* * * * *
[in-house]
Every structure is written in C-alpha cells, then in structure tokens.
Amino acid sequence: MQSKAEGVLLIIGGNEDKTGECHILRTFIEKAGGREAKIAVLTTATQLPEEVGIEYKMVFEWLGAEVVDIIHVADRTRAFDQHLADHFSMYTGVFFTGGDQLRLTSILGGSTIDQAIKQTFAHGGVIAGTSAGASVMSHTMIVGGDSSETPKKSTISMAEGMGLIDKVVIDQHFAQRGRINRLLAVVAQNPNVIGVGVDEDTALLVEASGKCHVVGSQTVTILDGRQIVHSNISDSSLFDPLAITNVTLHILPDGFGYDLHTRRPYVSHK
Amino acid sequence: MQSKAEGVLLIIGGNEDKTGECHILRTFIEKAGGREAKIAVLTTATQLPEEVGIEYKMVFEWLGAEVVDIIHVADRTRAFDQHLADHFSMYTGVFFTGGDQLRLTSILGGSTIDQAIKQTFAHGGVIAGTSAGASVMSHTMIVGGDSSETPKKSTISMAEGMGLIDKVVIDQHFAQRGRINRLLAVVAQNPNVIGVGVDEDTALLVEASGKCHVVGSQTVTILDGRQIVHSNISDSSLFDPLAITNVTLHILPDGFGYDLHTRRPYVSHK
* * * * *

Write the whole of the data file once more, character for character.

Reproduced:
[in-house]
Every structure is written in C-alpha cells, then in structure tokens.
Amino acid sequence: MQSKAEGVLLIIGGNEDKTGECHILRTFIEKAGGREAKIAVLTTATQLPEEVGIEYKMVFEWLGAEVVDIIHVADRTRAFDQHLADHFSMYTGVFFTGGDQLRLTSILGGSTIDQAIKQTFAHGGVIAGTSAGASVMSHTMIVGGDSSETPKKSTISMAEGMGLIDKVVIDQHFAQRGRINRLLAVVAQNPNVIGVGVDEDTALLVEASGKCHVVGSQTVTILDGRQIVHSNISDSSLFDPLAITNVTLHILPDGFGYDLHTRRPYVSHK
Amino acid sequence: MQSKAEGVLLIIGGNEDKTGECHILRTFIEKAGGREAKIAVLTTATQLPEEVGIEYKMVFEWLGAEVVDIIHVADRTRAFDQHLADHFSMYTGVFFTGGDQLRLTSILGGSTIDQAIKQTFAHGGVIAGTSAGASVMSHTMIVGGDSSETPKKSTISMAEGMGLIDKVVIDQHFAQRGRINRLLAVVAQNPNVIGVGVDEDTALLVEASGKCHVVGSQTVTILDGRQIVHSNISDSSLFDPLAITNVTLHILPDGFGYDLHTRRPYVSHK